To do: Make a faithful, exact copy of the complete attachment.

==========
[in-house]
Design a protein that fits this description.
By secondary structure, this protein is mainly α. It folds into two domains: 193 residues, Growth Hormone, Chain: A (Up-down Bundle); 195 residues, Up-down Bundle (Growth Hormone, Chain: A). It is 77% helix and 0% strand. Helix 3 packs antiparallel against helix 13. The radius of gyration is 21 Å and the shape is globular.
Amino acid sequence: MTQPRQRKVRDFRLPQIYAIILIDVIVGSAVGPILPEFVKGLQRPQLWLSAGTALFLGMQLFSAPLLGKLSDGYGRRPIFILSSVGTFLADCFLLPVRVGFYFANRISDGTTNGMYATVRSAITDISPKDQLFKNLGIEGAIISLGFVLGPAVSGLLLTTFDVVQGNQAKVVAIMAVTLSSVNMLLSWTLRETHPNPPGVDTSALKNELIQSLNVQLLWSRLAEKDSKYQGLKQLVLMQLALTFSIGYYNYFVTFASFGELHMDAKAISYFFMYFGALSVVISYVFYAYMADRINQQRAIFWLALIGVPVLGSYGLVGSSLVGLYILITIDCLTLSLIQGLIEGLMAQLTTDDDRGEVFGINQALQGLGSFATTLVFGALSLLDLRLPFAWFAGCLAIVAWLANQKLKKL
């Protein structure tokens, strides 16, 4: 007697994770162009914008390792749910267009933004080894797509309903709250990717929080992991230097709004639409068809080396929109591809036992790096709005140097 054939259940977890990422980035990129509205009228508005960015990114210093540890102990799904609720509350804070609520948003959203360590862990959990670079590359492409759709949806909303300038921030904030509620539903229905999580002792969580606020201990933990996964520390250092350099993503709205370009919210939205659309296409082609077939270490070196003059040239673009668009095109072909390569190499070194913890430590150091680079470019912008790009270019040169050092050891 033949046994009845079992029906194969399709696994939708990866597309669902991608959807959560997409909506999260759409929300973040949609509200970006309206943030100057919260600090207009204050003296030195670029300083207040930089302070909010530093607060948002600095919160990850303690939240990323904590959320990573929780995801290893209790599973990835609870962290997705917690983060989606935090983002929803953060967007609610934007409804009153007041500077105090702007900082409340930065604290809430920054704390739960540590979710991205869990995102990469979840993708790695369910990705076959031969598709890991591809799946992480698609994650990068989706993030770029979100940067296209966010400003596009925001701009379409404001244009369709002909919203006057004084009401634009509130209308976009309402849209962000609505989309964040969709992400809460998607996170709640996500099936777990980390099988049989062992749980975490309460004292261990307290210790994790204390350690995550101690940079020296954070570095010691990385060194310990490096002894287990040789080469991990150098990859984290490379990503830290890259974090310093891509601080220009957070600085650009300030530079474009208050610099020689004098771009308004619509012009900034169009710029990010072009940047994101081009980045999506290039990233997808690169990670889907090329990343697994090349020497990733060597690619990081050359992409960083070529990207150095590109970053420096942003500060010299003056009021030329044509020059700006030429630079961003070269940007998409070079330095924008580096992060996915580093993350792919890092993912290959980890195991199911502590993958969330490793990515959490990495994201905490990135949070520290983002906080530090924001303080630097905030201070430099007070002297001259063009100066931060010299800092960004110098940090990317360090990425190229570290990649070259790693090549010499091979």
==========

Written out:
[in-house]
Design a protein that fits this description.
By secondary structure, this protein is mainly α. It folds into two domains: 193 residues, Growth Hormone, Chain: A (Up-down Bundle); 195 residues, Up-down Bundle (Growth Hormone, Chain: A). It is 77% helix and 0% strand. Helix 3 packs antiparallel against helix 13. The radius of gyration is 21 Å and the shape is globular.
Amino acid sequence: MTQPRQRKVRDFRLPQIYAIILIDVIVGSAVGPILPEFVKGLQRPQLWLSAGTALFLGMQLFSAPLLGKLSDGYGRRPIFILSSVGTFLADCFLLPVRVGFYFANRISDGTTNGMYATVRSAITDISPKDQLFKNLGIEGAIISLGFVLGPAVSGLLLTTFDVVQGNQAKVVAIMAVTLSSVNMLLSWTLRETHPNPPGVDTSALKNELIQSLNVQLLWSRLAEKDSKYQGLKQLVLMQLALTFSIGYYNYFVTFASFGELHMDAKAISYFFMYFGALSVVISYVFYAYMADRINQQRAIFWLALIGVPVLGSYGLVGSSLVGLYILITIDCLTLSLIQGLIEGLMAQLTTDDDRGEVFGINQALQGLGSFATTLVFGALSLLDLRLPFAWFAGCLAIVAWLANQKLKKL
């Protein structure tokens, strides 16, 4: 007697994770162009914008390792749910267009933004080894797509309903709250990717929080992991230097709004639409068809080396929109591809036992790096709005140097 054939259940977890990422980035990129509205009228508005960015990114210093540890102990799904609720509350804070609520948003959203360590862990959990670079590359492409759709949806909303300038921030904030509620539903229905999580002792969580606020201990933990996964520390250092350099993503709205370009919210939205659309296409082609077939270490070196003059040239673009668009095109072909390569190499070194913890430590150091680079470019912008790009270019040169050092050891 033949046994009845079992029906194969399709696994939708990866597309669902991608959807959560997409909506999260759409929300973040949609509200970006309206943030100057919260600090207009204050003296030195670029300083207040930089302070909010530093607060948002600095919160990850303690939240990323904590959320990573929780995801290893209790599973990835609870962290997705917690983060989606935090983002929803953060967007609610934007409804009153007041500077105090702007900082409340930065604290809430920054704390739960540590979710991205869990995102990469979840993708790695369910990705076959031969598709890991591809799946992480698609994650990068989706993030770029979100940067296209966010400003596009925001701009379409404001244009369709002909919203006057004084009401634009509130209308976009309402849209962000609505989309964040969709992400809460998607996170709640996500099936777990980390099988049989062992749980975490309460004292261990307290210790994790204390350690995550101690940079020296954070570095010691990385060194310990490096002894287990040789080469991990150098990859984290490379990503830290890259974090310093891509601080220009957070600085650009300030530079474009208050610099020689004098771009308004619509012009900034169009710029990010072009940047994101081009980045999506290039990233997808690169990670889907090329990343697994090349020497990733060597690619990081050359992409960083070529990207150095590109970053420096942003500060010299003056009021030329044509020059700006030429630079961003070269940007998409070079330095924008580096992060996915580093993350792919890092993912290959980890195991199911502590993958969330490793990515959490990495994201905490990135949070520290983002906080530090924001303080630097905030201070430099007070002297001259063009100066931060010299800092960004110098940090990317360090990425190229570290990649070259790693090549010499091979």